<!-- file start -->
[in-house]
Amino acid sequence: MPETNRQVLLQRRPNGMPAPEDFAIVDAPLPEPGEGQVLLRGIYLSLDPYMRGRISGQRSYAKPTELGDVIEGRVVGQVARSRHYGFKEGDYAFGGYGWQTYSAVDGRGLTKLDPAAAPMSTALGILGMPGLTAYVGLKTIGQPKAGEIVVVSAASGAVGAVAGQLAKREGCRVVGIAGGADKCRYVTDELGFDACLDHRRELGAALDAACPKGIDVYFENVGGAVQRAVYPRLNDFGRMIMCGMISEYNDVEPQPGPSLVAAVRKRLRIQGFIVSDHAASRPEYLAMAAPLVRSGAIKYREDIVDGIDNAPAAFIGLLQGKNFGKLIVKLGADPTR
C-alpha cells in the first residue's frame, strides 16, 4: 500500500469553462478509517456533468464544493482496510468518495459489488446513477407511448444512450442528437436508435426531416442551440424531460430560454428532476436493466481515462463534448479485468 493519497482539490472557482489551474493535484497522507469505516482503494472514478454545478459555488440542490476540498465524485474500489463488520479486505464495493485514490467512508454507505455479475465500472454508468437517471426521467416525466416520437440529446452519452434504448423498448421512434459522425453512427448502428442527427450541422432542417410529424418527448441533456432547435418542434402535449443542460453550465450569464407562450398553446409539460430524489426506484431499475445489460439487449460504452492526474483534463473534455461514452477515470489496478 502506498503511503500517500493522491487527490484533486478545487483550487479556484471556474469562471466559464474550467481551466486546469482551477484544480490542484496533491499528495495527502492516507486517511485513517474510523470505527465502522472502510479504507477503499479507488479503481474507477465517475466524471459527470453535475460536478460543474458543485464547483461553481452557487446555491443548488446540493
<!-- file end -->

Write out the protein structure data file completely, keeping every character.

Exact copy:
[in-house]
Amino acid sequence: MPETNRQVLLQRRPNGMPAPEDFAIVDAPLPEPGEGQVLLRGIYLSLDPYMRGRISGQRSYAKPTELGDVIEGRVVGQVARSRHYGFKEGDYAFGGYGWQTYSAVDGRGLTKLDPAAAPMSTALGILGMPGLTAYVGLKTIGQPKAGEIVVVSAASGAVGAVAGQLAKREGCRVVGIAGGADKCRYVTDELGFDACLDHRRELGAALDAACPKGIDVYFENVGGAVQRAVYPRLNDFGRMIMCGMISEYNDVEPQPGPSLVAAVRKRLRIQGFIVSDHAASRPEYLAMAAPLVRSGAIKYREDIVDGIDNAPAAFIGLLQGKNFGKLIVKLGADPTR
C-alpha cells in the first residue's frame, strides 16, 4: 500500500469553462478509517456533468464544493482496510468518495459489488446513477407511448444512450442528437436508435426531416442551440424531460430560454428532476436493466481515462463534448479485468 493519497482539490472557482489551474493535484497522507469505516482503494472514478454545478459555488440542490476540498465524485474500489463488520479486505464495493485514490467512508454507505455479475465500472454508468437517471426521467416525466416520437440529446452519452434504448423498448421512434459522425453512427448502428442527427450541422432542417410529424418527448441533456432547435418542434402535449443542460453550465450569464407562450398553446409539460430524489426506484431499475445489460439487449460504452492526474483534463473534455461514452477515470489496478 502506498503511503500517500493522491487527490484533486478545487483550487479556484471556474469562471466559464474550467481551466486546469482551477484544480490542484496533491499528495495527502492516507486517511485513517474510523470505527465502522472502510479504507477503499479507488479503481474507477465517475466524471459527470453535475460536478460543474458543485464547483461553481452557487446555491443548488446540493